Within the year Laura, in ill health, left the house on East 54th Street and moved into the Hotel Buckingham with two of her sons.

Alice Butterworth gave a luncheon for 32 guests on April 24, 1914 in celebration of the engagement of George Junior to Isabel Imlay Baird.   The drawing room where Mary Louise Robinson was married 23 years earlier was now decorated with pink roses and carnations and pink sweet peas filled the dining room.

On October 5, 1916 the happy couple was married in St. Bartholomew’s Church.  Although they moved into No. 129 East 82nd Street after their honeymoon, they soon returned to the Butterworth house on 54th Street.  

Two years later the couple had a son and another baby was on the way.  On Saturday night, March 29, 1919 Isabel went into labor.  Complications arose and after the birth of a little baby girl, Isabel died the following morning.

George Junior was remarried two years later to Eva Horner, the daughter of the Bishop of Asheville, North Carolina.   Records show the Butterworth family stayed in the 57th Street house until the end of the 1920s; although conflicting reports maintain that Bill Hardy opened a speakeasy downstairs in 1924.
photo by Alice Lum

By 1931 the block was no longer a quiet residential street.  The house was now owned by the 57 East Fifty-fourth Street Realty Company, Inc. and in 1933 it was converted to a “restaurant” according to Building Department records.  Bill’s Gay Nineties tried hard to recreate a carefree Victorian saloon atmosphere and the post-Prohibition nightclub became known for its piano bar.  In 1936 The New Yorker magazine remarked “Well, Bill’s Gay Nineties, 57 East Fifty-fourth Street, makes a specialty of the eternal collegiate who wants to bawl out the tenor to ‘A Bicycle Built for Two.’”

On the whole the Midtown restaurant/nightclub spent three-quarters of a century drawing little undue attention to itself.   The most remarkable exception occurred on the evening of May 27, 1937 when four Hollywood types on the town created a melee.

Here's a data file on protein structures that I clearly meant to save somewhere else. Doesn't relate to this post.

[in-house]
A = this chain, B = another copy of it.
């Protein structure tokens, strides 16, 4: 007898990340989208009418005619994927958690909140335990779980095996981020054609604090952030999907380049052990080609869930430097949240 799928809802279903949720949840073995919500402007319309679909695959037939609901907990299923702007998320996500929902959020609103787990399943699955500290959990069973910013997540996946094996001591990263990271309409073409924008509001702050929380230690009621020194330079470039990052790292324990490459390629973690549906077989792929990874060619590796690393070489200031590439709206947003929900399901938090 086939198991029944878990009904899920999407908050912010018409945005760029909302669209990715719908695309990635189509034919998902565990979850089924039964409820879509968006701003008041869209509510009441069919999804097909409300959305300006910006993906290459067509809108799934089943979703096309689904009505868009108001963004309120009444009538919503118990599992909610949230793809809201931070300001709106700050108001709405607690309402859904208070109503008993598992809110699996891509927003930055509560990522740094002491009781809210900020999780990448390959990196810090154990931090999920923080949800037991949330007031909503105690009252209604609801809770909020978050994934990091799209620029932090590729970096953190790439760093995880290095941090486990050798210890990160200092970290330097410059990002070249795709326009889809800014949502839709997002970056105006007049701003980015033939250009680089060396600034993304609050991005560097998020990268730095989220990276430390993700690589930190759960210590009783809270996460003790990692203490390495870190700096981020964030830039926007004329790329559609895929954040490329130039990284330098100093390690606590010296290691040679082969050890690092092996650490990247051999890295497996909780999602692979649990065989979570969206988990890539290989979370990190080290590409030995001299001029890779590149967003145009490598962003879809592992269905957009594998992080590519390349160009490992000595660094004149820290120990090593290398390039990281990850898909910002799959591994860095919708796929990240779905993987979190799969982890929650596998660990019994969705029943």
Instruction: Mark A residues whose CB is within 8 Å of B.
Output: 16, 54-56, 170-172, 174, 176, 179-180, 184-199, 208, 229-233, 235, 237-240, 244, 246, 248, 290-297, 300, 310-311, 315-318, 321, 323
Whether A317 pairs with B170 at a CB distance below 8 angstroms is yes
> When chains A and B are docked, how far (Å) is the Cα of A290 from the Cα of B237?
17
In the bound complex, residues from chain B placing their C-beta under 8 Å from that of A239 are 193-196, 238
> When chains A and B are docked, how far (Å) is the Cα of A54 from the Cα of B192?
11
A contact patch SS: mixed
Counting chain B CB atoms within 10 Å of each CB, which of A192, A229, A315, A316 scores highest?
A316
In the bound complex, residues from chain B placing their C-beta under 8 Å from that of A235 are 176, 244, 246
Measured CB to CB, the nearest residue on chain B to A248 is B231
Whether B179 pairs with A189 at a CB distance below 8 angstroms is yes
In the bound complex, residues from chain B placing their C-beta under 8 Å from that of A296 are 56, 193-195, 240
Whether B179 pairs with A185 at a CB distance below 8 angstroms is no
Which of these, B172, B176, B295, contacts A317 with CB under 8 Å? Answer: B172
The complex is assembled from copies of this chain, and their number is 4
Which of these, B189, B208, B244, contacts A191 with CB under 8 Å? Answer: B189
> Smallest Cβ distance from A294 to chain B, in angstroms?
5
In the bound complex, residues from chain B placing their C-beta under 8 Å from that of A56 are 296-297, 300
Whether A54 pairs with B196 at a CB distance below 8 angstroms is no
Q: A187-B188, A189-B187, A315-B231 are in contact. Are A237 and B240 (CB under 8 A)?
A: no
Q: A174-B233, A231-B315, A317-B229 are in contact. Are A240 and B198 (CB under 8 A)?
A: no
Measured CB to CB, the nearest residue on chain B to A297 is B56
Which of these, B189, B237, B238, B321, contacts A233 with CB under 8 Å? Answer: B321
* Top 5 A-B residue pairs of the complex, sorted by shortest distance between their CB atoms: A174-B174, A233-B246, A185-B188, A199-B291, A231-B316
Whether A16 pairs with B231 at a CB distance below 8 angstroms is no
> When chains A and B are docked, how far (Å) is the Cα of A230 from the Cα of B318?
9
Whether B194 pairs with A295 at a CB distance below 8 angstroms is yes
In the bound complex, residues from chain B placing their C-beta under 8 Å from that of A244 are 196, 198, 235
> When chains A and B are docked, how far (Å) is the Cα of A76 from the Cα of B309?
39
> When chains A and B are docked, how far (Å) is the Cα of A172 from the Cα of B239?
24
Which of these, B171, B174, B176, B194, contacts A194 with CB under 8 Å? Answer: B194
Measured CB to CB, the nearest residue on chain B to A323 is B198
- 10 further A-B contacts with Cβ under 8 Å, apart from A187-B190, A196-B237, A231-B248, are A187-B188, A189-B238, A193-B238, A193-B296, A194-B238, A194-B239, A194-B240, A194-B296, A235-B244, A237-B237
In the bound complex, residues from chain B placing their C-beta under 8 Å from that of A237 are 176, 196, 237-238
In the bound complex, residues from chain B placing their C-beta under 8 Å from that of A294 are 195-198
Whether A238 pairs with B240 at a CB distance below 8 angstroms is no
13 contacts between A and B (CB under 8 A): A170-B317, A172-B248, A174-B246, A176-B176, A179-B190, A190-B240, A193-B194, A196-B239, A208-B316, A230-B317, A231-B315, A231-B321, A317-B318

“Three men were injured, one of them seriously, and seven persons, including a woman, were under arrest…after a street brawl in front of Bill’s Gay Nineties night club,” reported The Times.

“Men and women in evening clothes disappeared into a quickly gathered crowd of more than 100 onlookers as the brawl developed into a free-for-all of slugging fists, with one man laid out on the sidewalk unconscious.”

It all started when Hollywood scenarist and journalist Adele Rogers St. John walked into the club with her husband, publicity director Patrick O’Toole; Daniel (Don) Higgins, a publicist for Columbia Broadcasting System; and radio commentator William Wright.  When the party was told there were no tables available a confrontation broke out.   Wright was taken to Bellevue Hospital with a fractured skull and O’Toole was treated for injuries to the face.

While Bill’s Gay Nineties operated downstairs, the top three floors remained a single-family home until 1983.  Then each floor was converted to an apartment.

Irish-born Noel Tynan purchased the house in 2003 with Anthony Kearns, a member of the Irish Tenors.  Bill’s Gay Nineties had become, after 70 years, a sort of time capsule now run by Barbara Bart Olmsted.  Convinced that the antiques and relics in the bar were part of its history and concerned that they would be lost to progress, Tynan offered to extend Olmsted’s lease for 10 years if she would sell him the memorabilia; thereby preserving the atmosphere of the bar.

Stylish brass railings replaced the carved stone late in the 19th century -- photo by Alice Lum
Instead, Olmsted filed for Chapter 11 bankruptcy in November 2011 and, in March 2012, Bill’s Gay Nineties closed.   Salvation came in the name of John DeLucie and his Crown Group Hospitality.  The owner of the Crown on the Upper East Side and the Lion in Greenwich Village attempted to acquire as many of the vintage accessories as possible.

Renamed Bill’s 90's, the bar-restaurant is a bit tidier and posher than the old watering hole.   Long ago the Victorian details were sliced off the fa├žade; but the once-proud residence hangs on with its capsule of Manhattan nightclub history in the basement below.

3 comments:

  1. A brief "plug" for the new incarnation of the restaurant: I've eaten there twice and both the food and carefully preserved atmosphere are superb.

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  2. it is not on 57th, you may want to change the headline of this post...

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  3. The address is correct. 57 E, 54th street.